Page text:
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You will reflect on your lived experiences, values, personal beliefs and their connection to your growing professional identity as a social worker. The purpose is to develop a critical self-awareness through reflection. The other aim is to identify visible and invisible forms of oppressions and privilege that shape our values and approaches to issues of racial and ethnic oppression, social and economic disadvantage, gender and disability.

Discussion

Social work is a unique ad noble profession in that it involves serving other people and the society. According to the International Federation of Social Workers, social work is “an interrelated system of values, theory and practice”. The social workers hence, have the unique job to consider all aspects of a problem – individual, societal, psychological and political. Some common ways to provide social work include counseling providing, education, therapy and associating clients with other appropriate private or public resources. It is important hence, for the social worker to reflect upon her or his life experiences that would provide insights into the problems of the people with whom they deal. I believe it is important to be aware of one’s own identity first in order to understand and help other individuals and the society as well.

In this essay, I shall reflect upon my lived experiences, my personal beliefs, values, ethnicity, culture and faith as social workers require these experiences to be applied at work. The paper also aims to identify tangible and intangible forms of privilege and oppressions that shape our approaches and values to ethnic and racial coercion. In addition, these values and beliefs also shape our views towards economic and social disadvantages, disability and gender. I will also include valid sources that would provide authenticity and credibility to my views and arguments about social workers and social work.

I hail from an Asian background that has been living in Australia for the past five years and hence, my beliefs and values are different from other Australians. In these five years and the years preceding those five years, I have had many experiences that has helped me develop as an individual. I came to Australia to pursue my higher education and was fortunate to meet people from various backgrounds. The experiences allowed me to have a clearer perspective of the world and the people. I decided to take up social work as my subject because I wanted to help people especially those belonging to the marginalized class. As an Asian in Australia, I have had to face many problems because of my ethnicity, language and culture. In addition, I have also seen others face the same.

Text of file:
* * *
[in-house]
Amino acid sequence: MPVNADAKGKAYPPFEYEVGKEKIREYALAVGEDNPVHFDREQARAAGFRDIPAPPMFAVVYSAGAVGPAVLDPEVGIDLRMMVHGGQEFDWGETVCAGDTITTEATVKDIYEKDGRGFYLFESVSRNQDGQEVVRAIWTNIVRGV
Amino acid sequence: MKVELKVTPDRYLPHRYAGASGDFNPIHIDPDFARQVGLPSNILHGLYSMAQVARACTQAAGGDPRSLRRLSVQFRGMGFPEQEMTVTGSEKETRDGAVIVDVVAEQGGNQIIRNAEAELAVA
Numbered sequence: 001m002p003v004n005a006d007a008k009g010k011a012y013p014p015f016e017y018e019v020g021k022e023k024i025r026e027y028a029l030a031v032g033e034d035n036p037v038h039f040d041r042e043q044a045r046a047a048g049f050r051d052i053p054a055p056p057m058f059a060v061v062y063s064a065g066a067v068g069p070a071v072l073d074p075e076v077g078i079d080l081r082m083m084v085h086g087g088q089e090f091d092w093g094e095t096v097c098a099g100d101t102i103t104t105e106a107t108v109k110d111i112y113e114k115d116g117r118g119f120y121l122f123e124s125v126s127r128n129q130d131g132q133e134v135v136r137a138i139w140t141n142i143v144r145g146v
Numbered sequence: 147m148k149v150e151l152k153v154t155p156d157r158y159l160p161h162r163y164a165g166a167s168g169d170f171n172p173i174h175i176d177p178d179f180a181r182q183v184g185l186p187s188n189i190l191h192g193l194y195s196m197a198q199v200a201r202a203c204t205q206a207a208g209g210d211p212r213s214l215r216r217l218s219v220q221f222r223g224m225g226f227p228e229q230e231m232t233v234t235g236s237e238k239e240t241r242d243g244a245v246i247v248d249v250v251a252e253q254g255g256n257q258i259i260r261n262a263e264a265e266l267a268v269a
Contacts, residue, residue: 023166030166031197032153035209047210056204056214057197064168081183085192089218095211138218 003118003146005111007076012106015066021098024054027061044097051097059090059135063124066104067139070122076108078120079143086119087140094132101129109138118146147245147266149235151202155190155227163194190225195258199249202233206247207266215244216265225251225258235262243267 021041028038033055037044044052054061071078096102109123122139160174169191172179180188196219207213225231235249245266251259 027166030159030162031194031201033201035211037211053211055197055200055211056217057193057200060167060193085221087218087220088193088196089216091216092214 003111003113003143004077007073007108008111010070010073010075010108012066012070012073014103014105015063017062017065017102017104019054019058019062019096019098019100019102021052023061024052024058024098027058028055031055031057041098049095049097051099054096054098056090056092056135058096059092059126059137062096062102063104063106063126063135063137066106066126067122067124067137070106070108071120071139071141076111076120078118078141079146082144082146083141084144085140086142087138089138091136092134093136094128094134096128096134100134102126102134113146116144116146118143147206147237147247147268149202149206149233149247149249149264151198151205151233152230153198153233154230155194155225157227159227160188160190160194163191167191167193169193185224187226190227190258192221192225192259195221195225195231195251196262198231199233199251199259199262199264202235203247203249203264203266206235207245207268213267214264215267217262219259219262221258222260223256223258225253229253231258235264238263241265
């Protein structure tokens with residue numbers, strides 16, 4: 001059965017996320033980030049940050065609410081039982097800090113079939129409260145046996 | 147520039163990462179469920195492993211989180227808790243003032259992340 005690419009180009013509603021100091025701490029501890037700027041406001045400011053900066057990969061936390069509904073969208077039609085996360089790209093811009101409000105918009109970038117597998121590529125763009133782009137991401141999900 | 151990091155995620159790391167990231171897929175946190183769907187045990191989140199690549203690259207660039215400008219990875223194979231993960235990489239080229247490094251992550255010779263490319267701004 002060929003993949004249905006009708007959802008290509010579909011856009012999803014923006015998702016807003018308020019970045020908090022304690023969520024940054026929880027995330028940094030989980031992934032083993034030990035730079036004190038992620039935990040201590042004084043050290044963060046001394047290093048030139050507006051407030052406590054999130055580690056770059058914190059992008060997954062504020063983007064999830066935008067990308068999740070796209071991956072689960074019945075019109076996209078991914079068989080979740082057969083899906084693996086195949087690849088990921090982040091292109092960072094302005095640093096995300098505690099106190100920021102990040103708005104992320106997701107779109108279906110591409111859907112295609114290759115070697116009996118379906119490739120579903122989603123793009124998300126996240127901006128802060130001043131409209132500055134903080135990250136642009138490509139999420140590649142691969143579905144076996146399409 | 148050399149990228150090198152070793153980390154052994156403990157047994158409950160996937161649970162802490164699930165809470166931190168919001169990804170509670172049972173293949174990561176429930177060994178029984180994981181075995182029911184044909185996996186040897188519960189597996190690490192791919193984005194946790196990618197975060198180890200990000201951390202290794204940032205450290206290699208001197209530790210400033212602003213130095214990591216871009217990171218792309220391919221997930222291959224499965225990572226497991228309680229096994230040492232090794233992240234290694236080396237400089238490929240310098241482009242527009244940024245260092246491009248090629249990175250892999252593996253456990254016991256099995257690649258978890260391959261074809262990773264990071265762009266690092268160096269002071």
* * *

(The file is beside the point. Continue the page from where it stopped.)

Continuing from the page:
When I was in my first year of college, I had little knowledge about the culture and tradition here and that made me rethink about the country’s stand on equality. I found that there were different groups in the college that comprised people from different community. A group of Aboriginal students was there, another groups was of Asian students and so on. I found it troubling because there was no interaction amongst those groups and the rest of the so-called white Australians. I asked some Aboriginal students as to why such a trend is here, he replied that they are not welcomed and so they formed their own group. Similar was the case with the Asian group of students of which, I was also a part. I observed that these students had a preconceived notion about the white Australian students that they are bullies and would not accept them. Although they were right to some extent, but generalizing it was not correct because I had met some students who were excited to see students from other communities and ethnicity join the college.

Oppression and privileges in both visible and invisible forms